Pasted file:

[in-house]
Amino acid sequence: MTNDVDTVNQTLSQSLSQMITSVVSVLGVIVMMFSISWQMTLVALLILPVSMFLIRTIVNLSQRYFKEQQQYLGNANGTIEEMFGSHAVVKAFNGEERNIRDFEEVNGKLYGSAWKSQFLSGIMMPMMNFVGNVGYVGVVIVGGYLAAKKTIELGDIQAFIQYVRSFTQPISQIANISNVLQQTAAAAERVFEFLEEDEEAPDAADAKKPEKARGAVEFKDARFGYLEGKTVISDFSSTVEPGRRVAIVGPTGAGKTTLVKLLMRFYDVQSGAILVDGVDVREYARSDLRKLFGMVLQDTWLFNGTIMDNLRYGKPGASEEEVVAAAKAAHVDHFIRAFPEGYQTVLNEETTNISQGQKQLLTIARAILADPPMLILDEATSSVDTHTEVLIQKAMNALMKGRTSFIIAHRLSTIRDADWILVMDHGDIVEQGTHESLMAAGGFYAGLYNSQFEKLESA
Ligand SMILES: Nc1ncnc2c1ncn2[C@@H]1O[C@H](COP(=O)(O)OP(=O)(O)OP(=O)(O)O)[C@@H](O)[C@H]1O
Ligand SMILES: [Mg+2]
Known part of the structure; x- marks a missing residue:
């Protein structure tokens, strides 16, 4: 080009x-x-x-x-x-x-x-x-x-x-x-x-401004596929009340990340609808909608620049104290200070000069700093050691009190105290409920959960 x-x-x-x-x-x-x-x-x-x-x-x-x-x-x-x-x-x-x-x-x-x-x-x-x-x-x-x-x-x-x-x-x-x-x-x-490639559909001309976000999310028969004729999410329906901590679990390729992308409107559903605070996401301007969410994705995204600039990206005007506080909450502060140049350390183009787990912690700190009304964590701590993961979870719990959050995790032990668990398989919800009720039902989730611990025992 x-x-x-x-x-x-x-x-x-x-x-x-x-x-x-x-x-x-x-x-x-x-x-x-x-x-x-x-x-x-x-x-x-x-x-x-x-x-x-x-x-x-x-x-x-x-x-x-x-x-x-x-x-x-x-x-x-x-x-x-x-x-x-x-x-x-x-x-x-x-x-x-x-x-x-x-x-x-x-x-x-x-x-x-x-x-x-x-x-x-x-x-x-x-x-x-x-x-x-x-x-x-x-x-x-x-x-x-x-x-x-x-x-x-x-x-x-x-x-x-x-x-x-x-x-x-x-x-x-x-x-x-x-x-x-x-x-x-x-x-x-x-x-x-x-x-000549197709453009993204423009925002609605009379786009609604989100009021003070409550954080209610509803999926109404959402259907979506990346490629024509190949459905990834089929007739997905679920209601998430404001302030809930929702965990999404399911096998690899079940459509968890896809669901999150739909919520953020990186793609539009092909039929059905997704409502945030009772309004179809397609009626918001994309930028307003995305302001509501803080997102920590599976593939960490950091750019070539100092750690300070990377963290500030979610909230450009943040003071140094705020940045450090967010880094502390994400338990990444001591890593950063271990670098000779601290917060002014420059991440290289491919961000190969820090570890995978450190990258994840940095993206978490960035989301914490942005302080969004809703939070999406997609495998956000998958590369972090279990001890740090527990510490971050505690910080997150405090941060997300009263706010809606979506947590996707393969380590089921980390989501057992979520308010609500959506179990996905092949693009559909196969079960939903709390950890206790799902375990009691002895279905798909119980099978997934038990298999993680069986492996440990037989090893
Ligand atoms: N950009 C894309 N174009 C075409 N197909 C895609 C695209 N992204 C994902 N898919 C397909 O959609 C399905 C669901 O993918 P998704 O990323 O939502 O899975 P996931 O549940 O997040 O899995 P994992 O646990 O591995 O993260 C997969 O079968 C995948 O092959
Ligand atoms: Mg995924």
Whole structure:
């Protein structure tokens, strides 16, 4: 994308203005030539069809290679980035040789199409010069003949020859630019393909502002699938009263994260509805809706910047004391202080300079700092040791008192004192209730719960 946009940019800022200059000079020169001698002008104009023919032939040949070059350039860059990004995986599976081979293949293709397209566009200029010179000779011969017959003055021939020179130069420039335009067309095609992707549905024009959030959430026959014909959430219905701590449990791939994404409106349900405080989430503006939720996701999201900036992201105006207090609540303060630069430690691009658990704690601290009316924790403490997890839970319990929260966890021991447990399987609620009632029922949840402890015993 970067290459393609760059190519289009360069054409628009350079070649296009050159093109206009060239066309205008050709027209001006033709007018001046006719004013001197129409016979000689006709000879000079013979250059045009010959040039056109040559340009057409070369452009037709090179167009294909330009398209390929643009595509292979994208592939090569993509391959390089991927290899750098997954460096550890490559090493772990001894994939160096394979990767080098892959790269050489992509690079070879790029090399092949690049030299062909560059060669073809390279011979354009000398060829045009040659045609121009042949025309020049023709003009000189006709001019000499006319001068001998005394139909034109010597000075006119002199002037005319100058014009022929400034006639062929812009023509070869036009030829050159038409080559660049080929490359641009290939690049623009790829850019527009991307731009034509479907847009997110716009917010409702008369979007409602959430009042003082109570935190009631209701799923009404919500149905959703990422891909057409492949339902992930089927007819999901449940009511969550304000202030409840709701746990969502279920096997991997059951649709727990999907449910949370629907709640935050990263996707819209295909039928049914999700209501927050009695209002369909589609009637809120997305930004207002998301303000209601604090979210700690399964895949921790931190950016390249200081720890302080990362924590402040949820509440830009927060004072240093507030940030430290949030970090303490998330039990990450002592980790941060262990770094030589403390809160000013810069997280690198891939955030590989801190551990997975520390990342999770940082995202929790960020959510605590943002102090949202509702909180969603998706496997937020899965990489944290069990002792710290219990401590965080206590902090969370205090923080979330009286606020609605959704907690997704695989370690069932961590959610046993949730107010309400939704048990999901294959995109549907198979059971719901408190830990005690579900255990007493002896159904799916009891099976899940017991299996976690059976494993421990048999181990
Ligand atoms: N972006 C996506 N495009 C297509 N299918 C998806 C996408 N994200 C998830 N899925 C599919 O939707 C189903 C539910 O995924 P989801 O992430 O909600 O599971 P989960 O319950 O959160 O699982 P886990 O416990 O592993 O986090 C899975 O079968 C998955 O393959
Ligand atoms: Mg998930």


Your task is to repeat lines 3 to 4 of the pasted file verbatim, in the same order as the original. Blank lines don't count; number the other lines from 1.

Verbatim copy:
Ligand SMILES: Nc1ncnc2c1ncn2[C@@H]1O[C@H](COP(=O)(O)OP(=O)(O)OP(=O)(O)O)[C@@H](O)[C@H]1O
Ligand SMILES: [Mg+2]